Scoring Chicken Licken’s Wakanda: A composer’s journey through life, death and man-tears. Going down to the root of fabric, space and time to reach the meaning behind the burger.
By Andries Smit, Composer
The first time I saw the rough cut for Chicken Licken’s ad, I was over the moon. It’s been a quiet year on the narrative front and I was starved – keen and ready to jump on anything with a story. Then I saw this thing. It looked like a rough cut of Marvel’s Black Panther, with a burger… I was foaming at the mouth. We HAD to win this – I had to win this!
Time went by very slowly, and then briefing day was upon us. All the composers were assembled, from the interns and juniors to the seniors, all of us sitting around the table listening eagerly and intently to Greg Gray talking from a small laptop. We all took notes, or did we? I can’t remember. The brief was pretty clear: score this like a big Marvel Hollywood blockbuster, with some African influences. Keep the reference temp score in mind, but don’t get sued.
Everyone was buzzing, it was just so damn cool. We’ve not seen an ad like this in South Africa – not that I know of. And so with the briefing done, and our internal game plan laid out, we all went eagerly into our creative holes to start composing, or stare endlessly at a blank screen not knowing wtf to do. That’s how most projects start.
With the initial shock, imposter syndrome and mind fog out of the way, I started by getting my template ready. Sourcing African sounds and instruments: Talking drums, mbiras, rattles, shakers, vocals, flutes, hits, anything remotely African sounding and cool. As well as importing the “cinematic/Hollywood blockbuster” instruments – strings long, strings shorts, brass long, brass shorts, choirs, mega percussion hits, synthesizers, stuff I know I probably won’t use, the list goes on.
Once that was all sorted it was finally time to compose! The time has finally come to put that first note down and compose something spectacularly narrative-ish again! Well, cue the brain fog, imposter syndrome and shock. This is all pretty normal though, but with a hard deadline looming, terror rears its ugly head and you’re forced to just push through and write the most stupid shit ever. That stupid shit eventually turns into something presentable, that evolves into something awesome – or something shit that you just throw away. It depends.
Thankfully, it reached a “presentable stage” fairly early on and I could just digest/ingest the feedback from the team and comments from James like, “its not big enough, just add in some double bass, you’re a metal drummer aren’t you? That brass fanfare… I’ve heard it before, don’t get sued! Where’s the goosies, I’m not feeling any goosies” Each composer in the studio played to their strengths to bring something interesting and unique to the table and to give variation to the pitches. You don’t want to send out five tracks that sound exactly the same. With the internal revisions done, tracks collated, mixed, and striped to picture, everything was neatly packaged and sent off to the agency.
This time, time passed remarkably quickly and after five days or so, we got the good news. We won. I won!! Hurray! It’s a great feeling when you win a pitch. The imposter syndrome actually goes away for a while. You feel like you’re an actual grown up who knows what he’s doing in life and actively contributes to the PCS machine – helping salaries get paid, you know? But then the real hard work begins. The first review session gets scheduled with the agency where the track gets discussed and torn apart – what they like, what they hate, what needs to change, where the direction was misunderstood, and so on.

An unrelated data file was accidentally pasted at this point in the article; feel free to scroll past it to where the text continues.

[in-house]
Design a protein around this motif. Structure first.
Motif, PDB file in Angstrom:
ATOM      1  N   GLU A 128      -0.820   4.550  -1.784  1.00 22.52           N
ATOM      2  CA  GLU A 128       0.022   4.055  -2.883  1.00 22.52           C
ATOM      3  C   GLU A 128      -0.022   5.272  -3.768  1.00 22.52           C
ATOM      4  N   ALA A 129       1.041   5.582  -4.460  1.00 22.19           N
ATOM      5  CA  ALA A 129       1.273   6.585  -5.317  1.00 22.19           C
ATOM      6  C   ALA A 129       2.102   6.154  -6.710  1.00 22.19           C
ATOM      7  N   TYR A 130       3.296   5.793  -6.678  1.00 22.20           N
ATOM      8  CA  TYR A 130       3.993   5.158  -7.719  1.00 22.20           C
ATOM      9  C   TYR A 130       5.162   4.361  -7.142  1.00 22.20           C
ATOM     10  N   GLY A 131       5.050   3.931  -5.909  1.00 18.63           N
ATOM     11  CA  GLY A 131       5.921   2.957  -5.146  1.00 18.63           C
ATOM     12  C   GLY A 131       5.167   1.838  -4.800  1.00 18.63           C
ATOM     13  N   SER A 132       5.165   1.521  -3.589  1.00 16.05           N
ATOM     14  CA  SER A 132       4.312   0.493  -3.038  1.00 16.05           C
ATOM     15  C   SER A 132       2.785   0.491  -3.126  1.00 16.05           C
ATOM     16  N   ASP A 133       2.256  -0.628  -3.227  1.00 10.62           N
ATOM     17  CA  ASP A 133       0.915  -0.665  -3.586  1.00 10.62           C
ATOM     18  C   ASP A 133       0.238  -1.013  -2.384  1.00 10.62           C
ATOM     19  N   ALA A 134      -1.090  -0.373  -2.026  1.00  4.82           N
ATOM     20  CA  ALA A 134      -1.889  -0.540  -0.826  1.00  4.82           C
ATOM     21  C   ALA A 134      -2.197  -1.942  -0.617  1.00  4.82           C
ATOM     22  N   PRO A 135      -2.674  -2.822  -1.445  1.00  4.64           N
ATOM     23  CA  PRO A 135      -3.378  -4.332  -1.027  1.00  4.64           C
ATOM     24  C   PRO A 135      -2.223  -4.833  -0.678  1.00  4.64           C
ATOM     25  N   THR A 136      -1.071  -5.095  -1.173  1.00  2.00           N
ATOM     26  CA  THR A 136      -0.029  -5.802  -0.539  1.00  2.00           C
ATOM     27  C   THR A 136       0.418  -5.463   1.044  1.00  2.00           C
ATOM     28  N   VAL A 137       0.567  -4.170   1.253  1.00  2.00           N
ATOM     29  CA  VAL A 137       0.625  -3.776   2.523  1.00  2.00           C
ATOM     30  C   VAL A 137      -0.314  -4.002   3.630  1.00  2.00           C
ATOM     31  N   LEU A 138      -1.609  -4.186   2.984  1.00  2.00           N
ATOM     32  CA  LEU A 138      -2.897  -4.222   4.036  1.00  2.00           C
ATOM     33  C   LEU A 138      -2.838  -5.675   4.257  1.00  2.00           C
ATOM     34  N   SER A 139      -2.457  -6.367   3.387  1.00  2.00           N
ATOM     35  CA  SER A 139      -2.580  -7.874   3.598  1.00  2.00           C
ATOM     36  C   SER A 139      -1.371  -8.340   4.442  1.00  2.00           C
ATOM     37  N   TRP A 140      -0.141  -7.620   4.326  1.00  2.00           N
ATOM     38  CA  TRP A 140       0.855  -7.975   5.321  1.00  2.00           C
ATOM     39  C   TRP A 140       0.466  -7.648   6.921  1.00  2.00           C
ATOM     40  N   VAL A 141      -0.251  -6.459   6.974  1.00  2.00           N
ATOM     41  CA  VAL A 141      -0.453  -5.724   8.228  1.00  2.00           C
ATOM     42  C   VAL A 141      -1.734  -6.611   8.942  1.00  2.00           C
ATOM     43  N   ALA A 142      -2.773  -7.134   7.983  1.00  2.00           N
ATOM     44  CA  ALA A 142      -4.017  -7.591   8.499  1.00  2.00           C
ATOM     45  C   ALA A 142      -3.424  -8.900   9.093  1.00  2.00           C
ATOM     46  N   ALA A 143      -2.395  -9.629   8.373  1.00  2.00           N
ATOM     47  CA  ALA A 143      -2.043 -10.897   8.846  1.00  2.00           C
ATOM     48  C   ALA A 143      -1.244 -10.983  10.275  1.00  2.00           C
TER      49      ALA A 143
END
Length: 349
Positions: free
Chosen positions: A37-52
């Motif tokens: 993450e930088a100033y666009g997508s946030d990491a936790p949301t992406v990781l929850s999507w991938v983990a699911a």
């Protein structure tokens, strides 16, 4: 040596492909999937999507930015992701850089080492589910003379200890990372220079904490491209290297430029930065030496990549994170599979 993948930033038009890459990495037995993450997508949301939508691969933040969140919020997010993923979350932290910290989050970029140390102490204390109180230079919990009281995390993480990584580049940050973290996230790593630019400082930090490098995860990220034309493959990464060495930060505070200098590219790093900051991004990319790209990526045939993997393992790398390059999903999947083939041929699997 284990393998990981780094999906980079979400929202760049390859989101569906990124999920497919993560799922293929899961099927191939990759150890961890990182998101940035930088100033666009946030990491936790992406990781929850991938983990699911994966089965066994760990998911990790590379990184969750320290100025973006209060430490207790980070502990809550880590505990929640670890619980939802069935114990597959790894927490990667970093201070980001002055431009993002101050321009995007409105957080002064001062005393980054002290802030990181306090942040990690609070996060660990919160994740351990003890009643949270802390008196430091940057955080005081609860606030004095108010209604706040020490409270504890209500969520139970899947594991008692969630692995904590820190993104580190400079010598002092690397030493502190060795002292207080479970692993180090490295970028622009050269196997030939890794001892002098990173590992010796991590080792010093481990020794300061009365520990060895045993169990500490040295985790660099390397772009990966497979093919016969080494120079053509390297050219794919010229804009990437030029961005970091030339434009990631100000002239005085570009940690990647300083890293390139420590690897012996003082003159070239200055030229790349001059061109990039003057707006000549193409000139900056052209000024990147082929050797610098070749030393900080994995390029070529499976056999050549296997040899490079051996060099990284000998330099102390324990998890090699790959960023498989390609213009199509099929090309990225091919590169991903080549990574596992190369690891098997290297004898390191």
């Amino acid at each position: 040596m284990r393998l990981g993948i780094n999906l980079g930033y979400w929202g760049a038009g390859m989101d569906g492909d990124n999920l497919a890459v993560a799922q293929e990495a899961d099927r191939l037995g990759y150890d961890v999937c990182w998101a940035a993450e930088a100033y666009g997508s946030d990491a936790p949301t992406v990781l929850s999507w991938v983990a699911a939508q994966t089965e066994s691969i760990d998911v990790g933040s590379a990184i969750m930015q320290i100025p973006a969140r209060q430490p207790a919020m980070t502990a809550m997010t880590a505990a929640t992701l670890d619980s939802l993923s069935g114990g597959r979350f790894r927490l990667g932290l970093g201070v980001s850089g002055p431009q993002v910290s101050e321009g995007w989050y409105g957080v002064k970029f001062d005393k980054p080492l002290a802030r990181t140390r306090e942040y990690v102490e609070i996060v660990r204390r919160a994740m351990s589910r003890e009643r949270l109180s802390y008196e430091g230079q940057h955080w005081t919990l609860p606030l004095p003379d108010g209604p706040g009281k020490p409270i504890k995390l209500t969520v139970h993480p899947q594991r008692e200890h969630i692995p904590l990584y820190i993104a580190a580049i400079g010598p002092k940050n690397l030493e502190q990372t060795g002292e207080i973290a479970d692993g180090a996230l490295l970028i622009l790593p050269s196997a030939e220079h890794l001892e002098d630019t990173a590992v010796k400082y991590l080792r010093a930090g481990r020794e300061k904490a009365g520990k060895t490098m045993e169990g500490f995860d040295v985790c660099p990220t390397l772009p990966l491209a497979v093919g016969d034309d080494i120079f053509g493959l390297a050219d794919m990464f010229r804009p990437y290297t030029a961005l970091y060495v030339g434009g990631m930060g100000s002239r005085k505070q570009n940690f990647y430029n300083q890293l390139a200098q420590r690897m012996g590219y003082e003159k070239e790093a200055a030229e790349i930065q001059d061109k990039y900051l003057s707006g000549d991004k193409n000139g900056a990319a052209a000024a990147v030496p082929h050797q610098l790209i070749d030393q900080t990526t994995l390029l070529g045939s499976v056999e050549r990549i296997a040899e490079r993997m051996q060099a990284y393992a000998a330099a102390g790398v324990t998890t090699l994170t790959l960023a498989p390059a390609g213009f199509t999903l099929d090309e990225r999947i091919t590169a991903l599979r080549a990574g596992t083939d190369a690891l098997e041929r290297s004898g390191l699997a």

This can be quite daunting and stressful, but much like in film, working closely with a director, rewriting cues, discarding cues, and making adjustments to timing, melody, mood, etc., is always done to serve the film, elevate the story, and in turn, elevate the music. And with Greg Gray at the helm, this was exactly that.
That being said, the first review was pretty brutal. There were a lot of voices in the room – a lot of cooks in the pot, whatever the expression. Everyone has a bit of input on this and that, which can leave you feeling very overwhelmed and thinking: Why the hell did they choose the track if they hate it so much? But, you just always need to reaffirm that not everyone speaks “music”, and everyone has their own way of getting their thoughts out.
Your job is to take that feedback and interpret it in a musical way. That’s also a skill by itself, because damn, do I get it wrong. I muted a lot of things that they didn’t want muted and I rewrote a whole part they were actually happy with. All easily corrected though, so no harm done. I think we had a total of three to four revisions, and most of them were luckily pretty straightforward.
The tricky parts were mostly the comedic bits. Where to pause, where to hit, where to accentuate. The other was certain timings that you just had to hit, that originally wasn’t planned in your tempo layout. Change the tempo in the middle of your piece and everything after that moves out of sync with picture. Luckily I could move things a bit more freely, as there were no plans, time and budget to use live orchestra, so nothing had to be prepped for live musicians – meaning I didn’t necessarily have to stick to a tempo.
The whole process took a couple of weeks, some man-tears and a lot of fun. Everyone was happy and – as far as I know – proud of the work that went out into the world. We’ve been very fortunate to work on amazing projects here at Pressure Cooker, and this one was right up there. Excited and terrified for the next one.